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Historic Houses
Castle Point
Where Colonel John Stevens planned “Hobuck, the Beautiful,” the pleasure resort of early New York.
Castle Point, Hoboken, Showing River Walk Leading Past The Residence, 1832

From Historic Houses of New Jersey by W. Jay Mills, 1902
Edited by GET NJ, COPYRIGHT 2002

On the highest eminence of “Point Castile,” whose “greene and white cliffes” were supposed to be “copper or silver mynes” by the followers of Henry Hudson, on his memorable voyage up the river which bears his name, Colonel John Stevens, the famous inventor, built a handsome mansion soon after his purchase of Hobuck Island, in 1784, and called it the Castle. By many of his generation John Stevens was looked upon as a mild madman, so far ahead was he of his age, and his purchase of such a large area of land as Hobuck Island created a sensation in the society of the times. Hobuck Island, or Hoboken Island, formed the largest part of the confiscated Bayard estate, and was much sought after when it was noised about that it was to be put upon the market. That noble gentleman, Baron Steuben, set his heart on obtaining it for the services he had rendered the government during the Revolution, and wrote to Governor Livingston for right of pre-emption; but Colonel Stevens was ahead of him, and became the owner of the whole property in March, 1783, for the sum of eighteen thousand three hundred and sixty pounds.

The Stevens residence, mentioned by newspapers of the day as “Stevens Villa,” was one of the most noted American homes of the last century, frequented as it was by the wealth and fashion of New York City, and indeed of the whole country. Mrs. John Stevens, nee Rachel Cox, the first lady of the Castle, was a daughter of the charming Mrs. John Cox, of “Bloomsbury Court,” near Trenton, whose family of beautiful girls made a series of the most brilliant matches recorded in the annals of old New Jersey and Philadelphia society. The lovely Coxes, as they were sometimes called, were noted for their vivacity and high spirits, and after reading their letters, many of which have been published in historical works, we can readily believe it. It was Sarah Cox, (Sarah Cox became the wife of Dr. John Redman Coxe, of Philadelphia) a younger sister of Mrs. Stevens, who wrote to a friend before going to a Washington Birthnight ball, that she would take two pairs of shoes, for, she says, “I danced one pair nearly out at the last assembly, and I am sure if I could do that when it had nothing to do with the President, what shall I do when I have his presence to inspire me.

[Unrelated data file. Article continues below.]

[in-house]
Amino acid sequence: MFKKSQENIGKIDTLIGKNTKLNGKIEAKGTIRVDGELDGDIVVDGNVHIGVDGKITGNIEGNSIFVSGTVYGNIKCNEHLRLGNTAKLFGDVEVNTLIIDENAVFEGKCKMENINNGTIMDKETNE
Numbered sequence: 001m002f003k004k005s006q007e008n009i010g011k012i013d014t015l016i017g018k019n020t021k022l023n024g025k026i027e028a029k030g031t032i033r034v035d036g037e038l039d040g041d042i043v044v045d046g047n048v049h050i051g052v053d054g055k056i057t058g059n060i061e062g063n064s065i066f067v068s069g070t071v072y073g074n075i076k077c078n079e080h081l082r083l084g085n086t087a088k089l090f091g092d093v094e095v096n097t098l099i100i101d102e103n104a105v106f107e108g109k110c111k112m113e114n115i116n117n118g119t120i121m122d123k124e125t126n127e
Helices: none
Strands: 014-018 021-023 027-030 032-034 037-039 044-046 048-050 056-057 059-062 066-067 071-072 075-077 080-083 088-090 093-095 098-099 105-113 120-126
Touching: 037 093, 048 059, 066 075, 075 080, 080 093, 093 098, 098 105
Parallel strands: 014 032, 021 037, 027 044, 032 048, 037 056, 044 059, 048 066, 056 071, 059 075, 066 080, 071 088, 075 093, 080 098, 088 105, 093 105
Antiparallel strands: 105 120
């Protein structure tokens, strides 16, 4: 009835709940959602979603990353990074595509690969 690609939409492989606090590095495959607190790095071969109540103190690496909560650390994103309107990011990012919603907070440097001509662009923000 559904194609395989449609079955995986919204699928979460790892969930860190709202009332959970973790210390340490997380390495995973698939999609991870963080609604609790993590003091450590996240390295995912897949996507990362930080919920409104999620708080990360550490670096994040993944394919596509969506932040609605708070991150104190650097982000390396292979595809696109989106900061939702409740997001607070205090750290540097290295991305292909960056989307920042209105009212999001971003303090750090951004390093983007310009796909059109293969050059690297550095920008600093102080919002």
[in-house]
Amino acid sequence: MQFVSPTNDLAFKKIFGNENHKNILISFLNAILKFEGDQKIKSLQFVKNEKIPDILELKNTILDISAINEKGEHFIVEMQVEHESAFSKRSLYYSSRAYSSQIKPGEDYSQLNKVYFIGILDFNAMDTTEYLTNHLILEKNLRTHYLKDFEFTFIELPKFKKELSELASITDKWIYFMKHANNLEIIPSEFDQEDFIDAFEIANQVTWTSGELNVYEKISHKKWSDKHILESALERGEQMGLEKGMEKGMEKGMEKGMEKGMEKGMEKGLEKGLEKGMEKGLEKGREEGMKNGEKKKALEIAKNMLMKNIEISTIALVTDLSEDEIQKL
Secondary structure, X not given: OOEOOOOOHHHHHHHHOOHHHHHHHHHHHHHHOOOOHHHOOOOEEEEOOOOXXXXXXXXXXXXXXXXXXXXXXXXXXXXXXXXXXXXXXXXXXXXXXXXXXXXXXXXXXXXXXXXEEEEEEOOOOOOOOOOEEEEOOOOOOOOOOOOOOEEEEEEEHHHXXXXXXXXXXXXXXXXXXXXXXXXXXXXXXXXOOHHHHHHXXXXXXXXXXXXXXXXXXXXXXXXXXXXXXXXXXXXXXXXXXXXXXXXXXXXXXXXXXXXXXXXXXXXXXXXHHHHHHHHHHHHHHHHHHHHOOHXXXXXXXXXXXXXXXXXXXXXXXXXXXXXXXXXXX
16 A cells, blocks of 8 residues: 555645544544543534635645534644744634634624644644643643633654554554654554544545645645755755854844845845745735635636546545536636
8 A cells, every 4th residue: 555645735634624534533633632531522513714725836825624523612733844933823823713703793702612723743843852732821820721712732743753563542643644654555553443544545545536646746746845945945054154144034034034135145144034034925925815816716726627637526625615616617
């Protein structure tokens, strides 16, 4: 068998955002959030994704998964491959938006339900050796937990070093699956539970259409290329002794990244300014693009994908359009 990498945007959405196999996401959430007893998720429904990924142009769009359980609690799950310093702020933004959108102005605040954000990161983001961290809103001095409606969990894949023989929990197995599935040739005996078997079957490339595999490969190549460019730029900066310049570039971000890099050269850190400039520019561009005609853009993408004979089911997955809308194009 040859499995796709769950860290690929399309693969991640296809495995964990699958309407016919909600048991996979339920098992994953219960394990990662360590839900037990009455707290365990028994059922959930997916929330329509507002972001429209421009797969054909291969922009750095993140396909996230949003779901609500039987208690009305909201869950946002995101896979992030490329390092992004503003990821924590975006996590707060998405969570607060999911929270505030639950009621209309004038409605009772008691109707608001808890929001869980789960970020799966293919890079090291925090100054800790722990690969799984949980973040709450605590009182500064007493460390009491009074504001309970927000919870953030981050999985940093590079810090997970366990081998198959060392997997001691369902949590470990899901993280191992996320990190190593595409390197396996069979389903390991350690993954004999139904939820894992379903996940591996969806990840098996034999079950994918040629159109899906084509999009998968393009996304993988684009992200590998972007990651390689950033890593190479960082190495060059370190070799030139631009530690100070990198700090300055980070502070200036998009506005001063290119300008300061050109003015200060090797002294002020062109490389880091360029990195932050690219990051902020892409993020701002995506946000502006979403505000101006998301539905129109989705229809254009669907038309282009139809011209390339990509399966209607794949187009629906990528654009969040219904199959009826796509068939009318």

While on a visit to his future wife’s home in Southern Jersey, Colonel Stevens’s attention is said to have been first attracted to steamboat navigation, which came so near giving him a greater fame than Robert Fulton. Driving along the Delaware, near Burlington, in 1787, he saw John Fitch’s boat pass up the river against the tide. His interest was so excited that he whipped up his horse and followed the boat in his chaise to its landing, where he closely examined the engines and the mechanism of the pushing paddles. After years of labor in his workshop at Hoboken, he constructed a small open boat worked by steam, far in advance of Fitch’s idea. It was such a decided success that he was encouraged to go on and build he”Phcenix,” a large boat after his own plan and model She was completed but a few days after the world renowncd “Clermont,” designed by Fulton.

Of Colonel Stevens’s first steamboat an in description has come down to us from the pen of the late Frederick De Peyster, of New York. He wrote:

In the month of May, 1804, accompanied by a friend, I went to walk in the Battery. As we entered the gate from Broadway we saw what in those days was considered a crowd running towards the river. On inquiry, we were informed that ‘Jack Stevens’ (John Cox Stevens), son of Colonel John Stevens, was going over to Hoboken in a queer sort of boat. On reaching the bulkhead by which the Battery was then bounded, we saw lying against it a vessel about the size of a Whitehall row-boat, in which was a small engine, but there was no visible means of propulsion. The vessel was speedily under way, my late, much valued friend, Commodore Stevens, acting as coxswain, and, I presume, the smutty-looking person who filled the duties of the engineer, fireman, and crew was his more practical brother, Robert L. Stevens.

Although Colonel Stevens’s inventions occupied nearly all his time at this period, he still found leisure to devote to the improvement of his large estate, and in this he is said to have been greatly helped by the taste and good judgment of his wife. T heir castle of a simple colonial style of architecture contained over twenty rooms, and it was Colonel Stevens’s boast that each of its windows afforded a prospect of surpassing beauty. Both the New Jersey and New York shore lines above the harbor presented a very rural appearance in those days. Back of the slim line of wharves were low houses and church spires, and stretches of green fields and undulating meadow-lands rolled away into a gradually rising and wilder landscape. Mrs. John Adams had a few years before this period written that the country about her home, in what is now Varick Street, between Charlton and Vandam Streets, New York City, could be compared to hills and vales of lovely Devonshire, and the views from the higher eminence of Castle Point must have been superb.